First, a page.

Sunday, September 23, 2007

When an Editor has to be Hands-Off

I do believe that every writer can benefit from a good editor. I really do think that writers should accept criticism and consider how it can help them improve their work. I do not, however, think that a writer must act on every suggestion made by an editor.
In Starmag today, columnist and children's author Daphne Lee shares her experience about working with an editor who saw things rather differently from her:
I think it’s so important that an editor understands what the author wants to say and how he wants to say it. If your story is about baking an apple pie, it won’t do if your editor thinks it’s about how people get fat by eating too much dessert. ... An editor, a good one anyway, should help bring out the best in an author and help him make the most of his story. It’s the author’s story, not the editor’s.
My (albeit) limited experience of editing has shown me that there is indeed a back-off point. You cannot push too strongly against the author's will, although you must of course make your feelings about the text known and there should exist an atmosphere of mutual respect.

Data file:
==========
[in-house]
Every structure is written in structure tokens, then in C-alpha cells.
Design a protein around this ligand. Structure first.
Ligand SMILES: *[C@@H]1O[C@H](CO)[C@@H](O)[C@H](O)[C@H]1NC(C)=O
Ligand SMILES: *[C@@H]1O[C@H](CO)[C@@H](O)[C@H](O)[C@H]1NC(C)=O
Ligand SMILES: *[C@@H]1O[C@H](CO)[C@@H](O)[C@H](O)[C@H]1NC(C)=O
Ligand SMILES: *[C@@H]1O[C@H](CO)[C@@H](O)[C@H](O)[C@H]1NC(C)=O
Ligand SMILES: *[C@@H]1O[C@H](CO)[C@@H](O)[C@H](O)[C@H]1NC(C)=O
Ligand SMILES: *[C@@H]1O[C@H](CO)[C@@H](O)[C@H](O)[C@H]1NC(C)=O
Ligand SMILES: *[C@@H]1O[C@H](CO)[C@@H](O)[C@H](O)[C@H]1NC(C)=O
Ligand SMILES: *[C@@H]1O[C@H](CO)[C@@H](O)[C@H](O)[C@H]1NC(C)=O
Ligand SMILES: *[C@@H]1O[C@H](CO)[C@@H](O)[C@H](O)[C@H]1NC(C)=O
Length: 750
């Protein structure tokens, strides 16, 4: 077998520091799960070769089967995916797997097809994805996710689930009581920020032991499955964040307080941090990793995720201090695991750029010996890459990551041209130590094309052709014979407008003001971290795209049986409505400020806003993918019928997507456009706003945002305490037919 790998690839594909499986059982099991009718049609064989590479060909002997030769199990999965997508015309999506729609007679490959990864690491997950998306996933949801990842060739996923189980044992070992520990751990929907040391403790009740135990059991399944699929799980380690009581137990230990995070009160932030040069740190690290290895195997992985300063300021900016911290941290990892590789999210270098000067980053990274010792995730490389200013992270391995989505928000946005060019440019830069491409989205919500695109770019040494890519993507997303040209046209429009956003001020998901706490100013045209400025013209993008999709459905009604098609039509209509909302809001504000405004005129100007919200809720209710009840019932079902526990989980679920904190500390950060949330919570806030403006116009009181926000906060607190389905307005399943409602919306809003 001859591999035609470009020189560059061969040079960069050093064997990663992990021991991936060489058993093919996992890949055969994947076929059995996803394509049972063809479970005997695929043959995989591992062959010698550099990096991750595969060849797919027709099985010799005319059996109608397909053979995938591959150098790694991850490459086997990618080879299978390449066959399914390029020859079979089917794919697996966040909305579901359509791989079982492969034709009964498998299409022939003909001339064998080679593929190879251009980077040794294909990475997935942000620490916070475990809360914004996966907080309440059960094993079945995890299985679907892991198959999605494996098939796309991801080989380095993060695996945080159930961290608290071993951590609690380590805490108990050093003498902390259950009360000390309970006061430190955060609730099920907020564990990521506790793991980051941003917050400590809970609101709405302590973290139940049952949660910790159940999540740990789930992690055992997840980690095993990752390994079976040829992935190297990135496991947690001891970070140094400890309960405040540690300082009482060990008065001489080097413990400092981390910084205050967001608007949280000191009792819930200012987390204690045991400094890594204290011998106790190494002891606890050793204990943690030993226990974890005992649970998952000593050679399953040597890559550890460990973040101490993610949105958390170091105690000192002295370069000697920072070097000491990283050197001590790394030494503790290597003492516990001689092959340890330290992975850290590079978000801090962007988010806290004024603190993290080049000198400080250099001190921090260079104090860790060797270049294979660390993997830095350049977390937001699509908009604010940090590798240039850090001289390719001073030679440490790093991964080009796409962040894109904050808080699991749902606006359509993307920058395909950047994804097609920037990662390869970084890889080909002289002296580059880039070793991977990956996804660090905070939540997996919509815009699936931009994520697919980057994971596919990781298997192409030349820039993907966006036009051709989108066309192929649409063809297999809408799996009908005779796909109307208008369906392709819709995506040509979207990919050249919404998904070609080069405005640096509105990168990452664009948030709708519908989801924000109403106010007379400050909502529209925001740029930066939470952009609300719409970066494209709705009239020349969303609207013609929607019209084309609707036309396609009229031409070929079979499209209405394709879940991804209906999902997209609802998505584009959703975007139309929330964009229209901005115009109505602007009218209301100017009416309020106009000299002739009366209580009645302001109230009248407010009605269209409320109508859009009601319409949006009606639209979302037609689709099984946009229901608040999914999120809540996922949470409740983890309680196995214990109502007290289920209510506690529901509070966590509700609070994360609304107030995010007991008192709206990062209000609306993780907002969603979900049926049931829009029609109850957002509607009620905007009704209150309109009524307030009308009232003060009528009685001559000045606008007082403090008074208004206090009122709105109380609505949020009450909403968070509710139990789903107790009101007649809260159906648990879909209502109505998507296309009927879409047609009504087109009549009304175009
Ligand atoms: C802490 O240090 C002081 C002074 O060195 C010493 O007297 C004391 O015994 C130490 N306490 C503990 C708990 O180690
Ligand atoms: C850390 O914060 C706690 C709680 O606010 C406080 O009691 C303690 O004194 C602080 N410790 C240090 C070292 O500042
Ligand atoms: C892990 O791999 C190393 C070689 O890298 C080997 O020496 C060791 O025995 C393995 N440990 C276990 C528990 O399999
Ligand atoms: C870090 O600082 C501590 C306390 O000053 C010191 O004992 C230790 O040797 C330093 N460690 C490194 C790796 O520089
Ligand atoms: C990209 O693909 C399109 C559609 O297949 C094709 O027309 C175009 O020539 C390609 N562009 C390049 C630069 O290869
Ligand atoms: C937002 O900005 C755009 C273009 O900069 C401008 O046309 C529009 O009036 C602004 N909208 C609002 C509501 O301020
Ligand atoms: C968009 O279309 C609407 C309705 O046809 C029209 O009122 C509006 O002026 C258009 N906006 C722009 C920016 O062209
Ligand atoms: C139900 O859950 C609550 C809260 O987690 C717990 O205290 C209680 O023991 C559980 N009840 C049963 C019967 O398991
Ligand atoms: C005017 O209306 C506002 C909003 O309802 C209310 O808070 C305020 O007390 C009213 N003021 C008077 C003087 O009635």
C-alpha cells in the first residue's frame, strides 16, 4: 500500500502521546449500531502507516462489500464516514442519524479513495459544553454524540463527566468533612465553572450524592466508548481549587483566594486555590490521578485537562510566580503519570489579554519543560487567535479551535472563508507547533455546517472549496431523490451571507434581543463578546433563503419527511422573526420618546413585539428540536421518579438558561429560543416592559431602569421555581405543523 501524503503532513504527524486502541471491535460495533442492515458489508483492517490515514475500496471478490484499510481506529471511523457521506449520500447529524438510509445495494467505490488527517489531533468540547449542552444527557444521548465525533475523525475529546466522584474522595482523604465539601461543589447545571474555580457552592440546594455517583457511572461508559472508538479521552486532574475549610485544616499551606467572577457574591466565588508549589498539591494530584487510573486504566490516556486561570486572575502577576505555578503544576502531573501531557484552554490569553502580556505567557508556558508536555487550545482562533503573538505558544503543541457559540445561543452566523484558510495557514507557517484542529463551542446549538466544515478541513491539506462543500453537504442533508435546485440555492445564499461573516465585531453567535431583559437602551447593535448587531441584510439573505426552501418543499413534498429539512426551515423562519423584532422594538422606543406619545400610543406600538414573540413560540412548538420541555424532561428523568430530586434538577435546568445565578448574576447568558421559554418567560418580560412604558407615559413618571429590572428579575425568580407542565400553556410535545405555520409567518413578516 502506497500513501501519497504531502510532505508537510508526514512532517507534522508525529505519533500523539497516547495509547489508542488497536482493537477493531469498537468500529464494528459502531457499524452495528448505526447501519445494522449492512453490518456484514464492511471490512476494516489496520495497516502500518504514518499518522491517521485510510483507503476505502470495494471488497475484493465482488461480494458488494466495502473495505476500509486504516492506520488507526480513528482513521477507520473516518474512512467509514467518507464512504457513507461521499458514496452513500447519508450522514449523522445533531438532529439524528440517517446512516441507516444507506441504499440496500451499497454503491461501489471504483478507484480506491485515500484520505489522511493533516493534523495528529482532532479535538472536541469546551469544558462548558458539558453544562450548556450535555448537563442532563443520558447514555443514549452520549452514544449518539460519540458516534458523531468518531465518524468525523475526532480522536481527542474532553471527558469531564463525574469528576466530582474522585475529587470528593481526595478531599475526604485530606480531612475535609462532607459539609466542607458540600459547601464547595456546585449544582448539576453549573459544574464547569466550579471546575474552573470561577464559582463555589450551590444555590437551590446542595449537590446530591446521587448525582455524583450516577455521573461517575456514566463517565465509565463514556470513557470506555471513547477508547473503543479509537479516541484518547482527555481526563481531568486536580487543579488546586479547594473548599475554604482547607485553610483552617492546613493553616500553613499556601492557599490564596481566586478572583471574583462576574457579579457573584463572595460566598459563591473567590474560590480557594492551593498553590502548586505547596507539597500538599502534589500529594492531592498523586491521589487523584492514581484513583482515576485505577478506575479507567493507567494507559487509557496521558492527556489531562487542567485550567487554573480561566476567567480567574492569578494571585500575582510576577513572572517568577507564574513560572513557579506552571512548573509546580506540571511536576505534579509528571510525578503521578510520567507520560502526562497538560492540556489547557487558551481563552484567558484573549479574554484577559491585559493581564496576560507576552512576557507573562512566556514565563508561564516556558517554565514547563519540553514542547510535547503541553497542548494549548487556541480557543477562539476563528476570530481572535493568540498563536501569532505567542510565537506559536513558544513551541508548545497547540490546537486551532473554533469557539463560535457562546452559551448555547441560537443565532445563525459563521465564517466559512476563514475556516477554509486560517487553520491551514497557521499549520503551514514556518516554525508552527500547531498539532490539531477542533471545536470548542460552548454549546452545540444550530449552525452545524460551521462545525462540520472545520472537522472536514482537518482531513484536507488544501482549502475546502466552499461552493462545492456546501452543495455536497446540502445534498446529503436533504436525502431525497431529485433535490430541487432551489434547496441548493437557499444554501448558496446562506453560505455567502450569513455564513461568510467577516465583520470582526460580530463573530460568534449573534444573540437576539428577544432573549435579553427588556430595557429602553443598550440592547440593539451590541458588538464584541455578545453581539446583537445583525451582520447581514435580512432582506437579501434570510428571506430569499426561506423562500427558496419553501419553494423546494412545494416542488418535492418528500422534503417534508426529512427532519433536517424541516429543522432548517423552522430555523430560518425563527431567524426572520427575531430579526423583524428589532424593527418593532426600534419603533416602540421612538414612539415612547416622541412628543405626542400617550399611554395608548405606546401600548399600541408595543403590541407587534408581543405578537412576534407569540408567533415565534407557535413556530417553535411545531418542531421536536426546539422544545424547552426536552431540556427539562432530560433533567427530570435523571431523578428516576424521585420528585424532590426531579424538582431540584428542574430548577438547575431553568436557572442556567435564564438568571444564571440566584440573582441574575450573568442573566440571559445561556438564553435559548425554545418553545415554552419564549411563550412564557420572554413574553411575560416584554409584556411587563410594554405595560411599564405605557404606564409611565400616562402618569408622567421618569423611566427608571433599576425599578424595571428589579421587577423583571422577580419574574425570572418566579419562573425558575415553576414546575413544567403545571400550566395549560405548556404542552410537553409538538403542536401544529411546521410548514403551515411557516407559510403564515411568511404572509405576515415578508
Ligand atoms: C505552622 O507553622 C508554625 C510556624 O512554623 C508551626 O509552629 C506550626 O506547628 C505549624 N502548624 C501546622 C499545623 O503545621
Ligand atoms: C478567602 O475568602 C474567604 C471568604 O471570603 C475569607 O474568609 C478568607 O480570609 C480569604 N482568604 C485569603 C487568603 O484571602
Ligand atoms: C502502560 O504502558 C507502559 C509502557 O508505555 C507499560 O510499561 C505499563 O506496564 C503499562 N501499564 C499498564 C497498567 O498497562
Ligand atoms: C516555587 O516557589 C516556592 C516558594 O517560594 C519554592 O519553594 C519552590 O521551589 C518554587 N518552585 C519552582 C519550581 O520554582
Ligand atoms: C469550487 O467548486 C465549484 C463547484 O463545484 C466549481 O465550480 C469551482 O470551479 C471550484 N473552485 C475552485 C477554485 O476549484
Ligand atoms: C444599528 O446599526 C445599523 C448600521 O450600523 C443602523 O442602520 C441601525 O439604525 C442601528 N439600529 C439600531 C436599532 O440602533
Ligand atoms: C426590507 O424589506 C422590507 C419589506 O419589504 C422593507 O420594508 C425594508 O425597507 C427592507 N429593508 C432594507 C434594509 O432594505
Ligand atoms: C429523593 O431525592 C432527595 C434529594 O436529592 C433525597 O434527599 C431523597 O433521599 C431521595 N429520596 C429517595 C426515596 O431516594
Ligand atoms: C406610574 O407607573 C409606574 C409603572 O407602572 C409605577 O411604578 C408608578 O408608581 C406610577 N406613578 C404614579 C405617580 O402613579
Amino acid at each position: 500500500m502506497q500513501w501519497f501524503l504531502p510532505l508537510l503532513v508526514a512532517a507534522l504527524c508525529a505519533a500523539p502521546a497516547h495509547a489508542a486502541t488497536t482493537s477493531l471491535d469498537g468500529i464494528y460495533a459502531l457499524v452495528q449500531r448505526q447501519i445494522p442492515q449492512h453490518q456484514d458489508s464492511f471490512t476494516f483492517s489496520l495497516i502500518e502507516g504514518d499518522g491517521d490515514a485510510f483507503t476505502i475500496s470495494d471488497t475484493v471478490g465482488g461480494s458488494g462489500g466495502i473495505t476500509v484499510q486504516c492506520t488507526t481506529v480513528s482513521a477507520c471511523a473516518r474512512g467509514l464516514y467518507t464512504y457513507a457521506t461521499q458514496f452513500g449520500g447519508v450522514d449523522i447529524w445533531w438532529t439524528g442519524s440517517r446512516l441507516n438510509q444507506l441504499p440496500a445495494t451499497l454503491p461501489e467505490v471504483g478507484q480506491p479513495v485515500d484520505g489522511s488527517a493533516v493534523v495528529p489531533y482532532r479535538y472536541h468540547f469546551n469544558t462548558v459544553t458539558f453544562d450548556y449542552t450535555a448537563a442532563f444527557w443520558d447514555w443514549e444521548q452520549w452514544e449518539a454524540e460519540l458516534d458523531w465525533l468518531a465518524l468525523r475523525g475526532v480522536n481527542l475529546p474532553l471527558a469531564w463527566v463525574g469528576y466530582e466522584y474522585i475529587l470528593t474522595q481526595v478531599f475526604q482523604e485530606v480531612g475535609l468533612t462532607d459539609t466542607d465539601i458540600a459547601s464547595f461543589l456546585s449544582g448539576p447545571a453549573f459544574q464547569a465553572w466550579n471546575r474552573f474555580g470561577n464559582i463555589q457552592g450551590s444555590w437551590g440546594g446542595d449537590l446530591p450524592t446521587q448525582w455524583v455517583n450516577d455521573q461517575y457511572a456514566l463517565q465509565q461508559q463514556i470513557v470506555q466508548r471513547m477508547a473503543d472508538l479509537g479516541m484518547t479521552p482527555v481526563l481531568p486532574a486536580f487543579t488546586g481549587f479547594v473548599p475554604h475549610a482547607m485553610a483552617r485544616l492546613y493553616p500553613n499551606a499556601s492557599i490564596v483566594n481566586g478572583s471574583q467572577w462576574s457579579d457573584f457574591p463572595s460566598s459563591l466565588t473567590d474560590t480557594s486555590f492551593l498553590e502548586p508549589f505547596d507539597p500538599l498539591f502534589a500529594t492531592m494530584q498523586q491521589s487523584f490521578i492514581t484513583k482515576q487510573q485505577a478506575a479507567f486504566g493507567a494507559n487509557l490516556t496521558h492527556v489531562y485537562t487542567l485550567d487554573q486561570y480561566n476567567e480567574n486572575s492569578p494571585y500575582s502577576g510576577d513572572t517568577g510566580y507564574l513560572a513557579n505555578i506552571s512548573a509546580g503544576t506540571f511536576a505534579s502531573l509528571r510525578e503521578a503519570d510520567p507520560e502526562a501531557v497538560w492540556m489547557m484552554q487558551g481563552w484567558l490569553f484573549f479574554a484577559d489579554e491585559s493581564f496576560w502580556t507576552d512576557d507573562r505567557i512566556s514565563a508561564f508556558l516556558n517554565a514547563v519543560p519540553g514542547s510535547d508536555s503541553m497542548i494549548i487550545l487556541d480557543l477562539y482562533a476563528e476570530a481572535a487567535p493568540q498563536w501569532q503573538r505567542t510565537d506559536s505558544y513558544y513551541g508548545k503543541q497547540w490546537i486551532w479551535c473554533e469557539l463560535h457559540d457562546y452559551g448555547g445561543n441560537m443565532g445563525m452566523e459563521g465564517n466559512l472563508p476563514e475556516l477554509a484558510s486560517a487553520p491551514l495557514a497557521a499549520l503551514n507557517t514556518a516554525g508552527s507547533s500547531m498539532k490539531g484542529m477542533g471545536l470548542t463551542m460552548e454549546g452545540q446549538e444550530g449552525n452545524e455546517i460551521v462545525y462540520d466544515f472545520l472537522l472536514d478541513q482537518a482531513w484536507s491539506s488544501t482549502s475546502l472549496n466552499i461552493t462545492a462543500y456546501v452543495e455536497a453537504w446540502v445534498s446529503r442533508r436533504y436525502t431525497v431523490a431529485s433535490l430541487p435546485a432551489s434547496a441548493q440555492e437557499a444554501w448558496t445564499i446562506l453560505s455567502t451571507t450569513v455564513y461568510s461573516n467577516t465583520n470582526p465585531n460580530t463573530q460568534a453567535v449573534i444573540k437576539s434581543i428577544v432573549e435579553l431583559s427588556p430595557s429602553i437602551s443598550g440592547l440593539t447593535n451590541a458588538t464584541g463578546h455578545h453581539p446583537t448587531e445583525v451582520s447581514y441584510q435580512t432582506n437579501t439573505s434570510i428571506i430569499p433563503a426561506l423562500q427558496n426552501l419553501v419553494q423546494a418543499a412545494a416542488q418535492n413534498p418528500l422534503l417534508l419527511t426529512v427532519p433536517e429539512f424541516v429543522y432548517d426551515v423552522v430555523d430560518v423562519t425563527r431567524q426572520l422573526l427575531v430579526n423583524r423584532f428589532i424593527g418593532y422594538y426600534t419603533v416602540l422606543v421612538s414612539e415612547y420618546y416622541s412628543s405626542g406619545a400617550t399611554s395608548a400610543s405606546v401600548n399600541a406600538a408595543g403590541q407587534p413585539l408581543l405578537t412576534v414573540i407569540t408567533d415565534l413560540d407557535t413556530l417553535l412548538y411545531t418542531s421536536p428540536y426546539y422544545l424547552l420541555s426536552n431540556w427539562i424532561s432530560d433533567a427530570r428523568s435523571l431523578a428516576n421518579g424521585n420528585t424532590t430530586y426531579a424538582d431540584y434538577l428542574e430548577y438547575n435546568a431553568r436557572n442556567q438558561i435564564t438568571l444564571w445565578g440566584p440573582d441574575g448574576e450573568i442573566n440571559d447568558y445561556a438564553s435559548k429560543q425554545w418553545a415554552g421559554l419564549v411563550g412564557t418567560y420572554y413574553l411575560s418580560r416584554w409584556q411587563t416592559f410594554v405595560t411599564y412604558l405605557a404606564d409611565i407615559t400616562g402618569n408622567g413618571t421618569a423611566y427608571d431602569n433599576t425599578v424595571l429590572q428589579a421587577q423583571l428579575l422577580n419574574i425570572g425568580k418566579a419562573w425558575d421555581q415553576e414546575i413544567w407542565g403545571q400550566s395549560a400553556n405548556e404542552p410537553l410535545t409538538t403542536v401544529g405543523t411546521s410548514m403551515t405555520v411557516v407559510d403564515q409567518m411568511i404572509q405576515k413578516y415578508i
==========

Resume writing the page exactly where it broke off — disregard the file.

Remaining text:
At the end of the day it is the author's name on the cover and he/she must stand by their book long after your role in its production is forgotten.

(I had to self-indulgently sneak in this lovely picture of meself with Daphne (looking tiny!) which I nicked from her blog!)

3 comments:

starlight said...

i read daphne's column today and i completely agree with her. alas, it's rather difficult to find good editors in kl who can resist playing the role of co-author. there's a fine line between constructive criticism and attempted hijacking. a good editor not only recognises that line, but actually stays well away from it. good for daphne, for sticking to her gut and guns!

Erna said...

Yes, it's horrid when an editor leaves the writer out of the equation when it comes to a work's polishing.

But I find myself peeved with authors who obviously need a lot of editing but delude themselves into thinking they don't need it at all.

On a side note, Gaiman and Nix are going to be pep-talkers for NaNoWriMo this year!

Daphne Lee said...

I have to add here that the person I wrote about in the column wasn't an editor but an illustrator. However, the way she responded to the story was similar to some editors' approach to editing.

The last bit of the column was left out, but I've reproduced it in my blog (daphne.blogs.com/books) and here it is as well:

"Minnie, if you're reading this, I know you're not and never claimed to be an editor, but I hope you understand that the same principles apply and that I couldn't tell the story you wanted me to because it's not my story. It's yours and perhaps it's waiting for you to write it."